Tag Archives: Brownstown Head

Tall Ships 2011. Leaving Dunmore East

If you’re in Ireland, you’ll probably have been bombarded by the coverage of the 2011 Tall Ships Race, which was starting from Waterford, the second time it’s started from the port.

Last time in 2006 I visited the berthed ships, but this time Clare gave me the chance to go out with her on Orca. I met her in Dunmore East yesterday morning, which was glorious.

Dunmore East, yachts and the estuary in the morning

Thinking I’d be early at 9am instead it seemed like half the country had thought the same. And my attempt to outwit the traffic by taking the coast road was a waste of time. Once parked I had to walk about 20 minutes to the fishing pier to meet Clare on the dinghy. Not a long walk … unless you are wearing deck shoes. Bleeding heels by the time I arrived.

Dunmore was very busy. Roads had been closed since 7am and access to much of the low cliffs between Counsellor’s (the strand) and the harbour had been closed.

Blue sky and warm, it was one of those brief Irish summer periods, when the whole country takes advantage of some sunshine. There were tens of thousands in town, with thousands in the park and on the road looking down.

Crowds in Dunmore

There were a few helicopters around, including the Coast Guard. Since I was late arriving, it wasn’t long after we got out on Orca and came off the mooring that the first ship arrived out from the estuary, the largest ship in the fleet, the Russian sail training vessel Mir.

Mir passing Dunmore

Mir was followed by Gloria while the CG Helicopter flew overhead.

Mir & CG Heli passing LE Aoife

Gloria passed the Irish Navy’s L.E. Aoife and the crew lined up on the bow for the three gun salute that each of the first few ships received. With almost no wind, Clare iron-sailed out with the fleet. Tall ships, traditional fishing vessels, large yachts, old sail trawlers, pleasure crafts, modern yachts, ribs, pleasure cruisers and kayaks. (And a couple of those jet skis that practically every other marine person hates).

Europa with backed sails

 

Of the tall ships only Europa had sails raised, but with a very slight Force One onshore they were backed so she was sailing under power against the wind.

 

 

 

Orca from the bow

 

The line for the race start was actually five miles offshore and quite long. Clare has some problems with barnacles in the engine intake of Orca, so we had to stop twice to sort it out.

 

 

 

At that stage it realised we weren’t go to got the full way out the start line. And with almost no wind the start itself was delayed anyway.

 

 

By now we were about three or four miles out from Dunmore, past Hook Head and the lighthouse. The Hook Lighthouse is the oldest operational lighthouse in the world.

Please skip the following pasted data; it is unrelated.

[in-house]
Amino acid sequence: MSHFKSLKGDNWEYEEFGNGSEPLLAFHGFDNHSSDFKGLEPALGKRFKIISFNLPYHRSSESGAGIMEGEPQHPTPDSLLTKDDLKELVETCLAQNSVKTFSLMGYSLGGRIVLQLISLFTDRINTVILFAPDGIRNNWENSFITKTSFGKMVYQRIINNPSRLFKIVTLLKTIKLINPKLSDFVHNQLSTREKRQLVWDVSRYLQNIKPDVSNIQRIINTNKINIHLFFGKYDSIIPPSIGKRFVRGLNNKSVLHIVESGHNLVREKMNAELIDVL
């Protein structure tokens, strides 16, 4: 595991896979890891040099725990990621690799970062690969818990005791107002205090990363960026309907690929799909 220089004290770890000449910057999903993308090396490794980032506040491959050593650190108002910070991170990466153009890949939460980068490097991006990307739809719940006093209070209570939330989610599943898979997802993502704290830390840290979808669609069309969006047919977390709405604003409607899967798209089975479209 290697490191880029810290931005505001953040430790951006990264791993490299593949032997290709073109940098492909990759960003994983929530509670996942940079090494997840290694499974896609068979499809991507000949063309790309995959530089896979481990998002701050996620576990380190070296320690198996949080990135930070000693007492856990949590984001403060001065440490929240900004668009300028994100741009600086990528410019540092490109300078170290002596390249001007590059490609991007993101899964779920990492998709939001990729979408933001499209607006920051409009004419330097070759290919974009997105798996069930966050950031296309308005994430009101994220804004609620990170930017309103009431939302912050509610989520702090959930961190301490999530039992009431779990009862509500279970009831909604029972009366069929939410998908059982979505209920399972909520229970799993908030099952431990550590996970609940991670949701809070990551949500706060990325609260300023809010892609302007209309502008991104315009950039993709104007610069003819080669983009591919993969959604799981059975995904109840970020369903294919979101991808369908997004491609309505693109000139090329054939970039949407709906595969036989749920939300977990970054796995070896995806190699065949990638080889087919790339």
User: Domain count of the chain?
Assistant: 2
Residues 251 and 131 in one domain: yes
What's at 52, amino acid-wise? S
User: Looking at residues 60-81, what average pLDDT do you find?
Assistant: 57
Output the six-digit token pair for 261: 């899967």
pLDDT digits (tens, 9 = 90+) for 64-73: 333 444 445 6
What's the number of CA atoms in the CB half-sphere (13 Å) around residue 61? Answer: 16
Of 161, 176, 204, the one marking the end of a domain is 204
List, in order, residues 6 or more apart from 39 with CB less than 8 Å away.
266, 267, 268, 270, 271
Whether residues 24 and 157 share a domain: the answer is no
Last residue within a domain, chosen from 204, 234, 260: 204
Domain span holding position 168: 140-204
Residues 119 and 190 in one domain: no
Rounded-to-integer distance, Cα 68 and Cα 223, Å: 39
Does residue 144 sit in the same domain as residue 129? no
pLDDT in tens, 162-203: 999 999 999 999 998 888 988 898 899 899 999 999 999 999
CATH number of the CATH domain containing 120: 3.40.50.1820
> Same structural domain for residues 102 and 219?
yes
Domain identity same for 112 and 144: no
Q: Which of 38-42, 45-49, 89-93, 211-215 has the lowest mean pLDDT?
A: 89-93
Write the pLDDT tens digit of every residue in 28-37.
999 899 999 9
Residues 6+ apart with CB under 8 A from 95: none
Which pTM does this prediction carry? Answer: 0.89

The Hook Light

We were well east of Tramore Bay. About six miles from the Metalman and three from Brownstown Head which were quite hazy.

Brownstown Head from the east

By now the revised start time had been announced, 3.30 pm. Because of the poor wind and forecast, the fleet hove around to sail up the east coast instead.

Orca heading out of Dunmore

We were well on our back by this stage, and indeed most of the inshore fleet had already returned.

Clare dropped me off on the pier so she could sail back to Dungarvan.

Dunmore strand

Dunmore still had lots of people enjoying the remainder afternoon and the weather. It’s Ireland. It might rain for weeks from tomorrow. The VW camper van cost me a lot to arrange to be there just at that time for the photo.

From above, the estuary looked great in the sunshine.

I’m always happy to sacrifice a day’s swimming for a day’s sailing. But this day was the best of both, as I still had time to get across to the Guillamene for my first warm swim of the year there, as the water in the cove had warmed up in the low tide and sun to 13.5 °C. Outside it was about 13 °C. Even the previous day it had only been 12 °C.

I swam around the headland again, and into the entrance of another of the sea caves, the largest one, first time I’ve been into that one for some time. A couple of guys on an outcrop on the cliffs about three-quarters of the way out seemed astonished to see someone swim past because I could see them silhouetted against the sky as I went around Seal Rock, still watching me. (Seal Rock is what I call the rock outside and below the Metalman because of the shape of two rocks on the top of it. I’ve no idea what it’s actually called, but this is Ireland so every rock has a name. (Pictures if ever I can afford a waterproof camera.)

I picked up my first proper sting of the year, right across the nose, (which to be honest I’d forgotten about until I wrote this).

A good day messing about on and in the water.